When the group first got back together in April, Henley - the most openly and harshly bitter member of the Eagles following the breakup - surprisingly said over and over that he was having fun. Likewise the rest of the group, which has a reputation as a no-frills outfit.

Eight months later, Schmit says, nothing has changed on the fun front. Of course, over 14 years after the breakup, he says, some things that tore the group apart in the first place haven't changed, either.

"I think that any group of people have certain things that are ongoing," he says. "That's not to say that things are rocky; they're not. We just couldn't be getting along any better at the moment.

"I just think that some things change and some things don't. There are certain factors that don't go away. And I'm not speaking about animosities; I'm speaking about the whole spectrum of things that go on between people.

"Fortunately, we're older, we're wiser, we're able to communicate better - all those good things." Schmit - who as a teenager played in a popular local band, New Breed, then moved to Los Angeles (where he still lives) to join the country/rock band Poco - never really anticipated the Eagles 1980 breakup.

He saw it coming about as well as a stealth bomber.

"I was pretty naive as to what was going on around me, the Encina High graduate says. "I sort of had blinders on. I was the newest member, I'd only been at it for three years, I was having a great time, my lifestyle had changed dramatically and any problems that I saw within the group seemed just like another little band tussle.

"It didn't really occur to me - or I didn't choose to look at the reality, that was going on. When I finally got the word, because I hadn't been looking at things in reality, it surprised me. I was very taken aback, and I was pretty sad about it all." Surely, it didn't help that Schmit's post-Eagles solo career sputtered and wheezed.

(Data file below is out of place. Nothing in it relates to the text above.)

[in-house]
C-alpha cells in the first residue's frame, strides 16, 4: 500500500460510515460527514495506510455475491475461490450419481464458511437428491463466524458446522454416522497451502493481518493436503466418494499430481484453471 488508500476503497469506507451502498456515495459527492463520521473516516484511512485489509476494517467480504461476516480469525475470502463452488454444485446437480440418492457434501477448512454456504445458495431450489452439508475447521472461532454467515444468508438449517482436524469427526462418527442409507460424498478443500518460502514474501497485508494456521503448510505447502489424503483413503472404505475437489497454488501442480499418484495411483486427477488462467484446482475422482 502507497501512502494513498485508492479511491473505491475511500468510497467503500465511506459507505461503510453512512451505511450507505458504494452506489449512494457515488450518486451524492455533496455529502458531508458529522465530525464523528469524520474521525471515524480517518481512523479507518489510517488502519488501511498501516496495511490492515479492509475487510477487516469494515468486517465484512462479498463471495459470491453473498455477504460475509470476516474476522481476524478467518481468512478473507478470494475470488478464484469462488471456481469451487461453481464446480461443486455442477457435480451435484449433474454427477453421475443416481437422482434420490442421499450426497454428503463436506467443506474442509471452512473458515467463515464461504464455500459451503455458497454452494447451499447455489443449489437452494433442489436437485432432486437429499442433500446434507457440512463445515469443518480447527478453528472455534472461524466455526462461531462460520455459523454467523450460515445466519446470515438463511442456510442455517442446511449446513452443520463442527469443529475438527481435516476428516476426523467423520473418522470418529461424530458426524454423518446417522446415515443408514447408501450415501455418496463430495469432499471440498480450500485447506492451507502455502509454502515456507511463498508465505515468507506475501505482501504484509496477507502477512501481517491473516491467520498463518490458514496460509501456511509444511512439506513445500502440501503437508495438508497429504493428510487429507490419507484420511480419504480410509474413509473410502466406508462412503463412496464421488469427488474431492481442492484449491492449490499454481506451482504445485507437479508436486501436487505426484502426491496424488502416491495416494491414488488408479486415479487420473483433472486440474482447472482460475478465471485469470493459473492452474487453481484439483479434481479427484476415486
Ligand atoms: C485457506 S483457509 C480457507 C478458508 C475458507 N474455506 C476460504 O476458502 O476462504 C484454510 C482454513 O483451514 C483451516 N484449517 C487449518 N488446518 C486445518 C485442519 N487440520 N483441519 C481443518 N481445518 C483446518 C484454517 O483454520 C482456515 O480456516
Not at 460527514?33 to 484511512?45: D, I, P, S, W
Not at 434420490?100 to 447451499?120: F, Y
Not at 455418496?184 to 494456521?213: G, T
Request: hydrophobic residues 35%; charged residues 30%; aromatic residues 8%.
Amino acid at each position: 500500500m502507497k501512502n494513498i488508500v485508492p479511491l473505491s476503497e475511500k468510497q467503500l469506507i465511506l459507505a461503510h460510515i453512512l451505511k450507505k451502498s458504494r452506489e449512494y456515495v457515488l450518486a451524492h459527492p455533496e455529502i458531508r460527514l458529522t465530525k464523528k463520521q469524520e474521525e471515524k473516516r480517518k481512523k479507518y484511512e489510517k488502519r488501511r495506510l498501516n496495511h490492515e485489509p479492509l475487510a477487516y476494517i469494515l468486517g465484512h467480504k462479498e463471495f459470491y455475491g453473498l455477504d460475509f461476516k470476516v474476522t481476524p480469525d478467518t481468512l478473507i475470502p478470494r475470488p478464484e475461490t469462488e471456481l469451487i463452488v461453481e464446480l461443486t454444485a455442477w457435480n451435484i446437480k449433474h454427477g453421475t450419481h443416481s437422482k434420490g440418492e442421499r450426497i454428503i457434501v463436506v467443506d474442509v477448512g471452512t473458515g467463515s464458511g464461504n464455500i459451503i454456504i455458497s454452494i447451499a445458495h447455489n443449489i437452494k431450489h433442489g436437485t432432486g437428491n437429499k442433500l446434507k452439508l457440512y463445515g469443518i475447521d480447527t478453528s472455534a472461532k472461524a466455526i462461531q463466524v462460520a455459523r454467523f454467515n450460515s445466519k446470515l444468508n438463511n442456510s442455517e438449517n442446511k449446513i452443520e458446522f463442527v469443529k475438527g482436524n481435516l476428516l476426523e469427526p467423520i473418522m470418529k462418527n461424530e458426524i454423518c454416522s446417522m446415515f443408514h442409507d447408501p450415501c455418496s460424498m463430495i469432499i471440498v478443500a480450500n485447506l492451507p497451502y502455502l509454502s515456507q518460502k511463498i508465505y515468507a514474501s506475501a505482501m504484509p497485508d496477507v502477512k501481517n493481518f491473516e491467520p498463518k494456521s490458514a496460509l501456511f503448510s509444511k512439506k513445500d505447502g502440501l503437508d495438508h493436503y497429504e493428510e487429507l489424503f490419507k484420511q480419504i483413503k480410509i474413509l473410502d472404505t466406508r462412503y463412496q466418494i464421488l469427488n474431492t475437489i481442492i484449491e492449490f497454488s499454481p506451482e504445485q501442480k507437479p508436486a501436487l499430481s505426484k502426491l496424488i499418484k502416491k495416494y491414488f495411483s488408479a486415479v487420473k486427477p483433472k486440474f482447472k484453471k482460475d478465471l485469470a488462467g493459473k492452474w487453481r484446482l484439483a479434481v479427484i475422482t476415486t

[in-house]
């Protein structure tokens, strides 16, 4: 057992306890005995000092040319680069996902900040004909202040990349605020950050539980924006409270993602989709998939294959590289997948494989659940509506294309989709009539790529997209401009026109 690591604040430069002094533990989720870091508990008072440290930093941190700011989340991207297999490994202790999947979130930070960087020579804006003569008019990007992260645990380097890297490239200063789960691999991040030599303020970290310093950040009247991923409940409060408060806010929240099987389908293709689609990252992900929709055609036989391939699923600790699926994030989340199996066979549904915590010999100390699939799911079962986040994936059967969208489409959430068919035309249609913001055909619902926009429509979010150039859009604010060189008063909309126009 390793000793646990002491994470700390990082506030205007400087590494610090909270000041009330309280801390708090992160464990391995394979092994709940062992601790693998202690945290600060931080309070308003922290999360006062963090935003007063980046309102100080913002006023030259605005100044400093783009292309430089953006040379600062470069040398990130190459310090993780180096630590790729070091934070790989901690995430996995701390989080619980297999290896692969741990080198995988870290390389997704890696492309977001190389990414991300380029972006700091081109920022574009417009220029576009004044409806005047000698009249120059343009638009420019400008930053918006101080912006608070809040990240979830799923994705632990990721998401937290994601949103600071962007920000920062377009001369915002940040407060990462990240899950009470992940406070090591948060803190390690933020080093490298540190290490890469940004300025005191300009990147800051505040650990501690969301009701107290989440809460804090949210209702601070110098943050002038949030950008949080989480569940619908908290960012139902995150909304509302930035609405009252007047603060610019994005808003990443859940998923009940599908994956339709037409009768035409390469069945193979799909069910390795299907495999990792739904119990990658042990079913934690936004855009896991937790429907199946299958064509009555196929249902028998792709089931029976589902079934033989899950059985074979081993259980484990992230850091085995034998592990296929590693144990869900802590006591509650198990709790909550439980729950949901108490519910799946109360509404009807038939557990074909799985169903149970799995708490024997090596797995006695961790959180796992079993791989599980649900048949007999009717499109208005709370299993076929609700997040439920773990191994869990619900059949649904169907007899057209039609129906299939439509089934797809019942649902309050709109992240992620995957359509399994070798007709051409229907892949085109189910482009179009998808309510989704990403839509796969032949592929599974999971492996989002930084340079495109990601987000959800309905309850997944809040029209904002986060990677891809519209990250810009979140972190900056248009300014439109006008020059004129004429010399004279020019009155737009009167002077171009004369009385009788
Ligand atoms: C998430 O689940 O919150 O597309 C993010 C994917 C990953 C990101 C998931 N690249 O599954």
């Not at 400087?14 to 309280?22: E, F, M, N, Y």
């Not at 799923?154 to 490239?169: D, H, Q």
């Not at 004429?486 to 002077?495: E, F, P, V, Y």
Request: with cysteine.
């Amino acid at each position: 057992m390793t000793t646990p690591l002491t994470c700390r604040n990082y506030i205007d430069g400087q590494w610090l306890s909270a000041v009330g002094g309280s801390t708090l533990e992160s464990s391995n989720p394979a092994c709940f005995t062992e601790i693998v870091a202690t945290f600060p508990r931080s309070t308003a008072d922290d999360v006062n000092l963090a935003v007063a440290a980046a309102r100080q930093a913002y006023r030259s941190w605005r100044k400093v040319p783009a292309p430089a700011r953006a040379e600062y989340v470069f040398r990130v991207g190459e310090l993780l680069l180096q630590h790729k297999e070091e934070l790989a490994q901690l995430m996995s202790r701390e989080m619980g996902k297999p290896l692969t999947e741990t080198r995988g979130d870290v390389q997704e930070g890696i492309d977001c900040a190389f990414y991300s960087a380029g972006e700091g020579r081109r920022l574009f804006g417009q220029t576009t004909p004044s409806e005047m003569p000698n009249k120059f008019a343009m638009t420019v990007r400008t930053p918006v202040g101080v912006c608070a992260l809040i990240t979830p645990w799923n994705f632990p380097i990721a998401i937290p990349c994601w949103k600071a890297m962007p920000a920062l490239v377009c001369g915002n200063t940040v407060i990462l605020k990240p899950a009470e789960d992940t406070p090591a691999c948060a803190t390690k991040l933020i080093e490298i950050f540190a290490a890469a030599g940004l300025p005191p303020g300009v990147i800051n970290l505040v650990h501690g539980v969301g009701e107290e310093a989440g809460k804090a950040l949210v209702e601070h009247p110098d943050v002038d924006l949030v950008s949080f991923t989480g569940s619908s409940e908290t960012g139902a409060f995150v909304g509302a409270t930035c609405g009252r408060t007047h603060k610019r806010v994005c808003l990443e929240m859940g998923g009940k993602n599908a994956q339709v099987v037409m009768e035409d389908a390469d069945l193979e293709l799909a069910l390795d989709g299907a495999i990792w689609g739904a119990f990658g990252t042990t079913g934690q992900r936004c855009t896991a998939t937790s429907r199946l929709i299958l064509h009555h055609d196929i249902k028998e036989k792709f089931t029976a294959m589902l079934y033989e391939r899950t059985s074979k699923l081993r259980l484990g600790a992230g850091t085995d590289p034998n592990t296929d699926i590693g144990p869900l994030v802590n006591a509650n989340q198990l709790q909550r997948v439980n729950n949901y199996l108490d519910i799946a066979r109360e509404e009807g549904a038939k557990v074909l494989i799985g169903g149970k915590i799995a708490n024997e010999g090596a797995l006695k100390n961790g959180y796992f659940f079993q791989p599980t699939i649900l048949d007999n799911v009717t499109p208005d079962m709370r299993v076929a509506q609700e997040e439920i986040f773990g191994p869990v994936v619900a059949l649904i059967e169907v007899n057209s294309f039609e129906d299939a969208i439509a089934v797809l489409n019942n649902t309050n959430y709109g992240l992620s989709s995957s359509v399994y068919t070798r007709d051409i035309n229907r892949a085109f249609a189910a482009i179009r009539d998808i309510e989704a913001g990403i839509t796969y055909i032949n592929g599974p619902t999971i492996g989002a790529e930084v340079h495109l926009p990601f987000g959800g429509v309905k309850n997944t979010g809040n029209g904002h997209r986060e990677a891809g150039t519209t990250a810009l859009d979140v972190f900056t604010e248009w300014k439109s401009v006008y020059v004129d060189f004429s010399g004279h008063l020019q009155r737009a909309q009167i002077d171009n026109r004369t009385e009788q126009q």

While Henley's solo career took off and Frey enjoyed some mild success, Schmit struggled. None of his solo albums was a commercial success, and only one single, 1987's "Boys Night Out," cracked the Top 25.

"There were a few singles that did fairly well, but my albums didn't really sell so good," Schmit says. "At least not yet. This is an ongoing thing; this is what I do, whether it be in a band or by myself.

"But it's true; it didn't really take off. Of course my desires were there, but I think I started looking at things in a more realistic fashion after the band split up.

"I just tried to do the best work I could. That's all you can do. And there are actually some songs I did that - well, it's just too bad nobody will hear them."

Perhaps you might want to buy all of Schmit's solo albums. You could do that for less than the amount of money people are paying to see tonight's show at Arco.

The group has been heavily criticized for pricing its tickets well above the concert-standard average. Cheap seats to tonight's show are $52, while top tickets run $87 - a Sacramento-area record for pop music concert tickets.

Schmit's feeling about the ticket prices?

You get what you pay for.

"People are always going to criticize," he says. "We certainly don't hurt for attendance, though. People think we're worth it. We do, too.

"We give them a long, intricate show, in which they hear many many Eagles songs and some from solo careers in all different forms and fashions. It's not like we're going out there for 45 minutes and splitting town; we're working. And they're coming.

"Anyway," Schmit adds wryly, "most of the criticism that I've heard comes from a lot of press people who get in for free."

Right.

But not even cynical journalists have detracted from the thrill Schmit has felt since Day One of Round Two for the Eagles.

"I'm thoroughly enjoying it," he says. "It's good music, a lot of people come to see us, and they seem to take the music in like it's food. It's really pretty wonderful."